One feature that is probably missing here is, the ability to know how much of the image download has completed. For now, you need to just keep checking the “docker ps command on the specific node or running the same “service tasks” command to know whether that particular service has started executing.

10) If you want to prevent one of the nodes to receive any updates or not be available to serve any tasks (say for maintenance), then there is a feature to set those nodes with availability set as “DRAIN”. 

In the sample below node1s availability has been set as “drain” and we can see that the swarm manager automatically reschedules the tasks that were running on node1 to other nodes, to maintain the replica count to 3 which we had defined as part of the service definition.


11) Once done with the maintenance work, we can set the availability back to “active”

Now it is again available as part of the cluster and the swarm manager starts scheduling new tasks on that node.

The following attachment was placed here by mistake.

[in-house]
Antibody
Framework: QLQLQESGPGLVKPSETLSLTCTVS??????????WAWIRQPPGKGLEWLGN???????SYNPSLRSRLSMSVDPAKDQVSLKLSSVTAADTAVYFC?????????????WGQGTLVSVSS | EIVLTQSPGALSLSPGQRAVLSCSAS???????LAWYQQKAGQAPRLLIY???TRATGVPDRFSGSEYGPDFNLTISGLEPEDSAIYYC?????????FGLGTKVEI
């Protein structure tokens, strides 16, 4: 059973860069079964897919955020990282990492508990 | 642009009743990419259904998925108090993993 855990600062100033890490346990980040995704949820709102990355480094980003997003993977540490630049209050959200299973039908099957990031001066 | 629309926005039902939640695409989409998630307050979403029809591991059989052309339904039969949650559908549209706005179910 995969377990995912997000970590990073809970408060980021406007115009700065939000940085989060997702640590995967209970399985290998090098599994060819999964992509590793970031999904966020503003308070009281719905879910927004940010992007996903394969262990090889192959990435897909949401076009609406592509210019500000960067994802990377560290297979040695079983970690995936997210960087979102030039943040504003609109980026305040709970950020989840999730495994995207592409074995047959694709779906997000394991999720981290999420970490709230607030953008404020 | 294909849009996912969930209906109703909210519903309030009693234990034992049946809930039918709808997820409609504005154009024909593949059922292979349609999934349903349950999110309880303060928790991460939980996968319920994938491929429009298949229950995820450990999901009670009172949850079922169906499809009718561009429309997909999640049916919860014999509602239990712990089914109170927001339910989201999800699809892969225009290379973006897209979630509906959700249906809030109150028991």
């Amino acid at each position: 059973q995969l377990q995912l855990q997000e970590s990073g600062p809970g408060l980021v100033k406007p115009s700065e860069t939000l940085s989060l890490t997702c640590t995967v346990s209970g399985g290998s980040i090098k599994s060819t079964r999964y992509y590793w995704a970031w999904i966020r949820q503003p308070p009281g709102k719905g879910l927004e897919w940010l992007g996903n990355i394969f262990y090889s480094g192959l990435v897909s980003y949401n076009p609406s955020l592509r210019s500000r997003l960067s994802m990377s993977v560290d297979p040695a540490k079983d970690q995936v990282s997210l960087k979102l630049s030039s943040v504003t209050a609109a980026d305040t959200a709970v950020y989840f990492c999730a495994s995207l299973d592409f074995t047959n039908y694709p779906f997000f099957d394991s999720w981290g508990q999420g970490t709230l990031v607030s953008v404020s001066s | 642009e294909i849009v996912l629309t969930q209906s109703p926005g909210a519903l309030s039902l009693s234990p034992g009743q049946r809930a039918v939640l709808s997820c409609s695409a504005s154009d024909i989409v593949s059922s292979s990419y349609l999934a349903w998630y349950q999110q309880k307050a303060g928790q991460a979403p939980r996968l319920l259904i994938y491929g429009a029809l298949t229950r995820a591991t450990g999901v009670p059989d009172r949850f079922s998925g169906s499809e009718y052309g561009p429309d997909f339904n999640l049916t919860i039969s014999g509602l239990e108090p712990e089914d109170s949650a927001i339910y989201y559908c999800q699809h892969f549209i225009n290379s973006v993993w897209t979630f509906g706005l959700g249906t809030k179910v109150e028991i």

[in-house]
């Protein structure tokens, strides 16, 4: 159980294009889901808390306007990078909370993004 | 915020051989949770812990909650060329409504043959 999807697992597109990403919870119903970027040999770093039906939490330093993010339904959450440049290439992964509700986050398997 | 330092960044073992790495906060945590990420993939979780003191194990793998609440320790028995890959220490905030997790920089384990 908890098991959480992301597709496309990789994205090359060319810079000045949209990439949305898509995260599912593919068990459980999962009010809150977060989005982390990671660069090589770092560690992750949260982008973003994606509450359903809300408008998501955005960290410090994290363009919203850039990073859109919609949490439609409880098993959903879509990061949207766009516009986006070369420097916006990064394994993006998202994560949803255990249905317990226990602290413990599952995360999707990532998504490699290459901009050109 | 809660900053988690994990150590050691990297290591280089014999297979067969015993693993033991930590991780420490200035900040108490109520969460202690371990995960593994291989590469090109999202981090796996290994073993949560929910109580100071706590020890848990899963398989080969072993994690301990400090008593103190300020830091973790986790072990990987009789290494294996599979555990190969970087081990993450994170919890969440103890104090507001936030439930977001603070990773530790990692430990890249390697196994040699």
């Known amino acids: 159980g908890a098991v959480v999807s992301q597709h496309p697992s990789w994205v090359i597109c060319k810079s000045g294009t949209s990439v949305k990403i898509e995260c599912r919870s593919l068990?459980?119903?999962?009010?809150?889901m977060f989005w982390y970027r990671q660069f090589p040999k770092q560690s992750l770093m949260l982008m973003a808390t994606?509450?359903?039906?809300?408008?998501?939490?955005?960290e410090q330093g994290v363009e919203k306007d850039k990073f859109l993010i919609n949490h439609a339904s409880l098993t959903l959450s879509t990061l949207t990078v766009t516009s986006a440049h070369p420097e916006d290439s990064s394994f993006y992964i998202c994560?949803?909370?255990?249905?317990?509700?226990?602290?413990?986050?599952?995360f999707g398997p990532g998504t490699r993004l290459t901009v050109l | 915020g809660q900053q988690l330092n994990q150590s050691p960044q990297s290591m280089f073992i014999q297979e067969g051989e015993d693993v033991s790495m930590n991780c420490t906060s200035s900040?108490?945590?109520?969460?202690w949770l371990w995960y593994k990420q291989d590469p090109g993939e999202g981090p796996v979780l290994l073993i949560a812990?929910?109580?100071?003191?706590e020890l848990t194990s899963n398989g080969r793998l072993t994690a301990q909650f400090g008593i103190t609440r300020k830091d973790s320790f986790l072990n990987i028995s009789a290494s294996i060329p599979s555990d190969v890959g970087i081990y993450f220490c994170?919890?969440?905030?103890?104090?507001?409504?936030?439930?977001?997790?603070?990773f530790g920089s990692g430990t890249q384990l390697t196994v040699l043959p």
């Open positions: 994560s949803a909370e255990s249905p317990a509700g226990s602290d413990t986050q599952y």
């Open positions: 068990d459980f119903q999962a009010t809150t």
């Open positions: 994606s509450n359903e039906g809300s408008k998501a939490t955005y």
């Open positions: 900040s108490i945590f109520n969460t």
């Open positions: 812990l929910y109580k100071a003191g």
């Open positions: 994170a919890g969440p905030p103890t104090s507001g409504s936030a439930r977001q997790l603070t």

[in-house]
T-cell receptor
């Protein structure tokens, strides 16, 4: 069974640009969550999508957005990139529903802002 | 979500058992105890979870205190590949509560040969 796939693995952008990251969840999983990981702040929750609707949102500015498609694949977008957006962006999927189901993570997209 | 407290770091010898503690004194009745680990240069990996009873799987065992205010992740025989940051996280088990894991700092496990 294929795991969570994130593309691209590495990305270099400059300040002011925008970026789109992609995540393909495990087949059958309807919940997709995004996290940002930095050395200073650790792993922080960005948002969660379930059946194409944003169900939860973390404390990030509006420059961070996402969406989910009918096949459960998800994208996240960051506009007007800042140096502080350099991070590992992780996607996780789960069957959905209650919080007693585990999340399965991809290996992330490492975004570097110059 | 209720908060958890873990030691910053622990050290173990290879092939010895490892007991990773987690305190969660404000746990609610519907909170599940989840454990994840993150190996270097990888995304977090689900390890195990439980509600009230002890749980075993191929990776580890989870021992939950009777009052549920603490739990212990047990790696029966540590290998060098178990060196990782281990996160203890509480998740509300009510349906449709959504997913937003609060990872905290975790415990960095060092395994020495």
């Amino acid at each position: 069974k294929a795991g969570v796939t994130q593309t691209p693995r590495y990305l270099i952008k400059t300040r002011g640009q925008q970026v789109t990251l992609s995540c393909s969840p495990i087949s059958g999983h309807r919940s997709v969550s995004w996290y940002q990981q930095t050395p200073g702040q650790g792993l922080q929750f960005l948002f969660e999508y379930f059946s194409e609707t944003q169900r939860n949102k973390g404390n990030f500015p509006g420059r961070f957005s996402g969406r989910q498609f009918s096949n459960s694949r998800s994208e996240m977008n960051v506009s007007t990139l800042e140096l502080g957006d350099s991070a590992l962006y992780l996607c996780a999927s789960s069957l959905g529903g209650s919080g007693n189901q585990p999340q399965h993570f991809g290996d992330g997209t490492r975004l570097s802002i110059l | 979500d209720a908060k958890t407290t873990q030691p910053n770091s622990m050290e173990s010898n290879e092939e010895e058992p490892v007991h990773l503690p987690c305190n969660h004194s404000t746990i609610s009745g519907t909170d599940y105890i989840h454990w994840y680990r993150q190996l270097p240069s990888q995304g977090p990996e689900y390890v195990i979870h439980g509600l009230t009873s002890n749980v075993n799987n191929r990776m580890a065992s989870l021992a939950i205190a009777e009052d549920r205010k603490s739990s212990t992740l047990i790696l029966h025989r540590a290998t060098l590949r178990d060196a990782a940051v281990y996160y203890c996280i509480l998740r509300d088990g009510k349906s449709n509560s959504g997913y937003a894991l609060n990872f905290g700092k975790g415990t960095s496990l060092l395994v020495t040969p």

To try that out, the redis service was scaled to 5 and we see node1 one of the nodes on which the task has been scheduled to run.


Docker v1.12 release has got some very exciting features and has made container orchestration extremely simple to implement. The Docker Core Engineering team have been using the slogan “With Docker 1.12, the best way to orchestrate Docker is Docker!” 

It would be interesting to see how the current best practices and clustering architecture blueprints evolve and adopt this native orchestration solution. 


Twitter: @TarunKumarSukhu

Tarun is a Senior Technical Architect at TFG, part of the Technology Office in Engineering and R&D Services group of HCL Technologies and has extensive experience in Product Engineering and Consultancy Services, dealing with Data Management platforms, Cloud, Platform Migration, and Digital e-Commerce. He is also a Microsoft Certified Professional and Microsoft Specialist in Architecting Microsoft Azure Solutions.